The key wouldn’t come out of the ignition. It was trapped and so was I.
The key wouldn’t come out of the ignition.
It was trapped and so was I.
I didn’t want to force it. If it broke off in the ignition, I’d really be stuck.
Such a minor misfortune, yet the ramifications were quite serious.
Someone could steal the car, for instance.
The owner’s manual actually pointed this out under the heading:
“An unlocked car is an invitation to thieves. Always remove key from ignition and lock all doors when leaving the vehicle unattended.”
I nodded in agreement to myself as I scanned the remaining 388 pages for any advice on what to do if the key refused to budge from the ignition.
Maybe something under the heading:
“If your key gets stuck in the ignition, you should really try and figure out a way to remove it. If you leave it in there unattended, you’re just issuing an invitation to thieves. And you know thieves, they love to get invited to places.”
But the manual remained silent on the topic, though I did learn that the ignition’s full name was “ignition cylinder.” Now that I knew its surname, I could write a letter to it but I still didn’t have a clue as to how I could break its bond with the key.
I opened the door and was pelted with the shrill audio ping, ping, ping indicating that I had left the key in the ignition.
I felt compelled to respond.
“It’s your fault I can’t remove the key so shut up.”
“Ping, ping, ping,” the car replied until I closed the door.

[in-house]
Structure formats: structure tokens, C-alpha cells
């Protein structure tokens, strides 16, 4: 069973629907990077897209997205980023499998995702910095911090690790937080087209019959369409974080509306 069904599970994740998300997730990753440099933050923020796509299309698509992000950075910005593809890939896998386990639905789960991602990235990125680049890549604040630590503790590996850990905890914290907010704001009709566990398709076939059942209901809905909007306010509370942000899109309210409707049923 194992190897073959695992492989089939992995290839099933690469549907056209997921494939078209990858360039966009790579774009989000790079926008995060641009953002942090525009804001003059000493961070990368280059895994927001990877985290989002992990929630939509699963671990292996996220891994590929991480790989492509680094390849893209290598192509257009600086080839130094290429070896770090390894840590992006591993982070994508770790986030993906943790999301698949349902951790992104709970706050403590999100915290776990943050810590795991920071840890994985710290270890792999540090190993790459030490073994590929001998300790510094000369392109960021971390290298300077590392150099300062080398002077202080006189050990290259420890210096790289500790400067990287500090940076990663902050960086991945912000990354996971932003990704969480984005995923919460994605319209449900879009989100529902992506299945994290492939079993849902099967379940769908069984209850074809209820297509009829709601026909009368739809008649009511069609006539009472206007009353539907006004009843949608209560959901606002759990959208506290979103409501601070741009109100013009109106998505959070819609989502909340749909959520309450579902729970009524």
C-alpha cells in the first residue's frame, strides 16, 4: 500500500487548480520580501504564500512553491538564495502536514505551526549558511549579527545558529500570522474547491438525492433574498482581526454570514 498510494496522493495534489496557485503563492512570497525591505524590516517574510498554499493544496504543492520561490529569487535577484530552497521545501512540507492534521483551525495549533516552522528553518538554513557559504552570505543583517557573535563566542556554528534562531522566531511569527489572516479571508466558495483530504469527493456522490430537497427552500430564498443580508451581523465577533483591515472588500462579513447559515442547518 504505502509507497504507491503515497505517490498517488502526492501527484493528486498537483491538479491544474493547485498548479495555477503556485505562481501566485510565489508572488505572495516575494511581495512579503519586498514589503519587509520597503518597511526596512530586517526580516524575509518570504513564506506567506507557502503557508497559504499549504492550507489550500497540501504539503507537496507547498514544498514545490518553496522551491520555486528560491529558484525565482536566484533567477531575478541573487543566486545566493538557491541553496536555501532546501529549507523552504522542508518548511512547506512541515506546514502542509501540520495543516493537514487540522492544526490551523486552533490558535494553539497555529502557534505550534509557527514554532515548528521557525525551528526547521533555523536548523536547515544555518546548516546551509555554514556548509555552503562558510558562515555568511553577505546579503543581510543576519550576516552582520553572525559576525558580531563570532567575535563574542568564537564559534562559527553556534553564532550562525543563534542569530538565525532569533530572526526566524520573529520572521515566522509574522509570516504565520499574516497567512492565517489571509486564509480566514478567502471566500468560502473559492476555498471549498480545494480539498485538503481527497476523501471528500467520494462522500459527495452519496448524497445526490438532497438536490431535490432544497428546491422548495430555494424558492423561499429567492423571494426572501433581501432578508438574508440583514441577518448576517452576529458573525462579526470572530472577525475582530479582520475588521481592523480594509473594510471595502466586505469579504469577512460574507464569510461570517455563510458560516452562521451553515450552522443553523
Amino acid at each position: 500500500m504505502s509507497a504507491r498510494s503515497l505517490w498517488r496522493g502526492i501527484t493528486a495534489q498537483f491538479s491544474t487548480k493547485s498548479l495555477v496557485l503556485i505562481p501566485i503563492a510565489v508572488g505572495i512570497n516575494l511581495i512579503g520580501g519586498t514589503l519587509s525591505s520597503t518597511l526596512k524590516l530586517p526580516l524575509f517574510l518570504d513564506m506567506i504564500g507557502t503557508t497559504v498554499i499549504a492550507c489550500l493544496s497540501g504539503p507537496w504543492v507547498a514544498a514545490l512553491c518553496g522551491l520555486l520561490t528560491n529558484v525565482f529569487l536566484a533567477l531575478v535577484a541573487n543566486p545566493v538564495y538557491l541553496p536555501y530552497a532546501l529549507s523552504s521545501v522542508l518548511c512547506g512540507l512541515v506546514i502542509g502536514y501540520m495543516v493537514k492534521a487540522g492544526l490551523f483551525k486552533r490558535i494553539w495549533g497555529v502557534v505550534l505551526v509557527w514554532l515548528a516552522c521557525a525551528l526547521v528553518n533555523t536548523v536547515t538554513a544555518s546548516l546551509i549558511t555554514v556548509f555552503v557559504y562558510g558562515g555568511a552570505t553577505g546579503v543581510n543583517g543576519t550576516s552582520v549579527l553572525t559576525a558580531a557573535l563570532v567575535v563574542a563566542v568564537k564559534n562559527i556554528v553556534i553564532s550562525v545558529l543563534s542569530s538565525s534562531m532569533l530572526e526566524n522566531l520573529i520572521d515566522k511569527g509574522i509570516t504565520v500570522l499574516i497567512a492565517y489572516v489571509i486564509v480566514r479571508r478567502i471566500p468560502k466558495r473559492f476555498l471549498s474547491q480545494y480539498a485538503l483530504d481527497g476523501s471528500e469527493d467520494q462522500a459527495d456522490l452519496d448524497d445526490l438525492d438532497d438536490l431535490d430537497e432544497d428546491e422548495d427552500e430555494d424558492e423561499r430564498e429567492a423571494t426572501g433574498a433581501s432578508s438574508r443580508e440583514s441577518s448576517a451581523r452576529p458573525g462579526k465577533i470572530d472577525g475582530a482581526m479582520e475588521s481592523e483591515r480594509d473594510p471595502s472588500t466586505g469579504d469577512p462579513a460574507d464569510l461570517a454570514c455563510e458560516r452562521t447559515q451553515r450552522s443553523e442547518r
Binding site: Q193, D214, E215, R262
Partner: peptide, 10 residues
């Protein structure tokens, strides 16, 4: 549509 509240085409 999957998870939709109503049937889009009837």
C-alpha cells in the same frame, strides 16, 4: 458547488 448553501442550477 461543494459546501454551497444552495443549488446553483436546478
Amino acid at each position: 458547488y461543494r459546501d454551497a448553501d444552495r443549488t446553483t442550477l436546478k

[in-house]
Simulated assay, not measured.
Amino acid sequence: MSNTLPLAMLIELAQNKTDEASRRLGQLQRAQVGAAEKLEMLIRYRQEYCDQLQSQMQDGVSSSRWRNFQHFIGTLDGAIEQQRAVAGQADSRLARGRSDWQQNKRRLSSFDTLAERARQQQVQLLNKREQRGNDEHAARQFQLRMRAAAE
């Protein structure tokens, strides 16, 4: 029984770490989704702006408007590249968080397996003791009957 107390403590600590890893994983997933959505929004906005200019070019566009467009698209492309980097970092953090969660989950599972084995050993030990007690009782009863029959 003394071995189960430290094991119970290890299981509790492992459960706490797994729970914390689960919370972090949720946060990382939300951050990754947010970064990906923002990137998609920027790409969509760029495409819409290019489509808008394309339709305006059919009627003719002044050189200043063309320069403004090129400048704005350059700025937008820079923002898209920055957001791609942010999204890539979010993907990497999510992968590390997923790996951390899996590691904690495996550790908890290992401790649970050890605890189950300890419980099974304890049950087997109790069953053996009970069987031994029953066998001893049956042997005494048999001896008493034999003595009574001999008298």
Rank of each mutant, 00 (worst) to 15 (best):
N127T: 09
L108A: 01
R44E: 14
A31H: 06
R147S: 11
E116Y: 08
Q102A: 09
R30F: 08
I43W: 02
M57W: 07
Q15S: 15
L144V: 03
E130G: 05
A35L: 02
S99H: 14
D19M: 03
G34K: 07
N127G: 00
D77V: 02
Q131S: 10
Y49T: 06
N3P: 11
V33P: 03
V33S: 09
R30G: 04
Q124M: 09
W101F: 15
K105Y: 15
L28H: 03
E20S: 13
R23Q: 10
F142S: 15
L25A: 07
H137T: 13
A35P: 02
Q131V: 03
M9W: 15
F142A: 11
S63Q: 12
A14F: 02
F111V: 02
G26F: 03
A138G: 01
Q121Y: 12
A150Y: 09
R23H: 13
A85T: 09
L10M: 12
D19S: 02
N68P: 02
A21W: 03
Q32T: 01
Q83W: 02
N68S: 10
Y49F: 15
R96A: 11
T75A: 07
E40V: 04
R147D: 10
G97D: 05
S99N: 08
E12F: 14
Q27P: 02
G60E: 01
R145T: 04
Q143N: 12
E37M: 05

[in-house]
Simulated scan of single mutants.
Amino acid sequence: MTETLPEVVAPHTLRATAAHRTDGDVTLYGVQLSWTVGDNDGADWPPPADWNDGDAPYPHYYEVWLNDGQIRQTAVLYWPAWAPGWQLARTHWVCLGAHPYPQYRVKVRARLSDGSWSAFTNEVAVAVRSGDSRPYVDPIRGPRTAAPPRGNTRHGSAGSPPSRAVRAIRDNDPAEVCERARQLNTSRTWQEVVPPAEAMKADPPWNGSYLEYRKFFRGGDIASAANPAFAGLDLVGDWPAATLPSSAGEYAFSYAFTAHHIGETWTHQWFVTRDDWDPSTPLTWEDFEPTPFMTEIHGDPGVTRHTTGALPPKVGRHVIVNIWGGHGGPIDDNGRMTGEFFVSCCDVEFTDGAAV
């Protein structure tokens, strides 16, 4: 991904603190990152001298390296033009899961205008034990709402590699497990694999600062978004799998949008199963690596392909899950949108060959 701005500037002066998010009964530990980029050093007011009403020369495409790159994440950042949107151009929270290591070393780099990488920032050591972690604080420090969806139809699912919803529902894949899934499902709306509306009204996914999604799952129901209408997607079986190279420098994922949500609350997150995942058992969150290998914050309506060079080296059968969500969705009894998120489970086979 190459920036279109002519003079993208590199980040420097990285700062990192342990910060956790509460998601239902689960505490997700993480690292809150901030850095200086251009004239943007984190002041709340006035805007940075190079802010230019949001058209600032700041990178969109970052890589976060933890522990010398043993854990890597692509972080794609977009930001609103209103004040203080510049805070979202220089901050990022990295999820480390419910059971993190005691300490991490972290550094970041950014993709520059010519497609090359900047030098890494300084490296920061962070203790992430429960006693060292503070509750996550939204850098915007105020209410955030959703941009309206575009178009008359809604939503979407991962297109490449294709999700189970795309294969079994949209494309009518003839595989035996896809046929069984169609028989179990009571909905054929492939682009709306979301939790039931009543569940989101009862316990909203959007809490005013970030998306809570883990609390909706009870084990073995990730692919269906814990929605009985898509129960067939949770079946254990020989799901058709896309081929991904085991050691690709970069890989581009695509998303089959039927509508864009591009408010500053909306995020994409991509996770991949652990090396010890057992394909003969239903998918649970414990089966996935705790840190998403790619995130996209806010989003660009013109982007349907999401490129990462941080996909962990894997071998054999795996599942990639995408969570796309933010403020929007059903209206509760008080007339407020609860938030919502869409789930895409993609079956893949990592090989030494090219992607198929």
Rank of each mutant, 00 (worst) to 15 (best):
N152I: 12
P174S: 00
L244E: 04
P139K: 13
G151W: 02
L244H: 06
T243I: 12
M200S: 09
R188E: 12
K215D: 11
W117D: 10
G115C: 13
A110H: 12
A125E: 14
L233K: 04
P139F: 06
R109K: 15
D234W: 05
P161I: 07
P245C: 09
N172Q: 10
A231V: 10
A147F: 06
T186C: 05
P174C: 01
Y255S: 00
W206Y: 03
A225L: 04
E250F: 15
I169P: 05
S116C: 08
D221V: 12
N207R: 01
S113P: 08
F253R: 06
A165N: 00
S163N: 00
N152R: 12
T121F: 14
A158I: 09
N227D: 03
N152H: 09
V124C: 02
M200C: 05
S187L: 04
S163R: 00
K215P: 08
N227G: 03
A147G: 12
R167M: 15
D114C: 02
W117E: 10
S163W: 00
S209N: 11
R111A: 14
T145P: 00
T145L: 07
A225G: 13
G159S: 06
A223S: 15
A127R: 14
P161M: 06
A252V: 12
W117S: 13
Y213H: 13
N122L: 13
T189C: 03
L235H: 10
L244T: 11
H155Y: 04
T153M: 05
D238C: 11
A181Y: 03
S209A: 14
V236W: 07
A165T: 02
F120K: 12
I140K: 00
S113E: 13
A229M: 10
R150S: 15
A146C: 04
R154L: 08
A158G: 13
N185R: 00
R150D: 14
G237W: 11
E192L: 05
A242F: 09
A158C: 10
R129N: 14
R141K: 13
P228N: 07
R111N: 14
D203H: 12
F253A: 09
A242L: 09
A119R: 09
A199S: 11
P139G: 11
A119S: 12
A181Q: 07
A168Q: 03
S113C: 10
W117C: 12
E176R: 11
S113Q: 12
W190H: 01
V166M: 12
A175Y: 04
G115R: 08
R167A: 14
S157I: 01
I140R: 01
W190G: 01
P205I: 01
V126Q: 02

It should be pointed out that I was home, in my own driveway, when I opted to risk issuing an “invitation to thieves.”
All I needed to do was turn off the radio, make sure all the lights were off, etc., and I could leave the car, come back in the morning reinvigorated by supper, sleep and breakfast, ready to do battle once again with the recalcitrant key.
It was easy to convince myself of the soundness of this move.
Ten or so hours later I left the house, pleased to see that no thieves had acted on my invitation to drive off in my car.
I reentered my vehicle, and turned the ignition.
The car sort of hiccupped and then remained silent. As Charles Dickens would put it, the battery was as dead as a doornail.
Yes, I had turned off the radio, and all lights, but I had left my phone charger in the lighter with my cell phone attached.
The car was dead but the phone was vibrant with life.
I was so irritated I turned the key off without thinking and it came right out of the ignition cylinder.
Frank Mulligan is an editor in GateHouse Media New England’s Plymouth, Mass., office, and can be reached at firstname.lastname@example.org.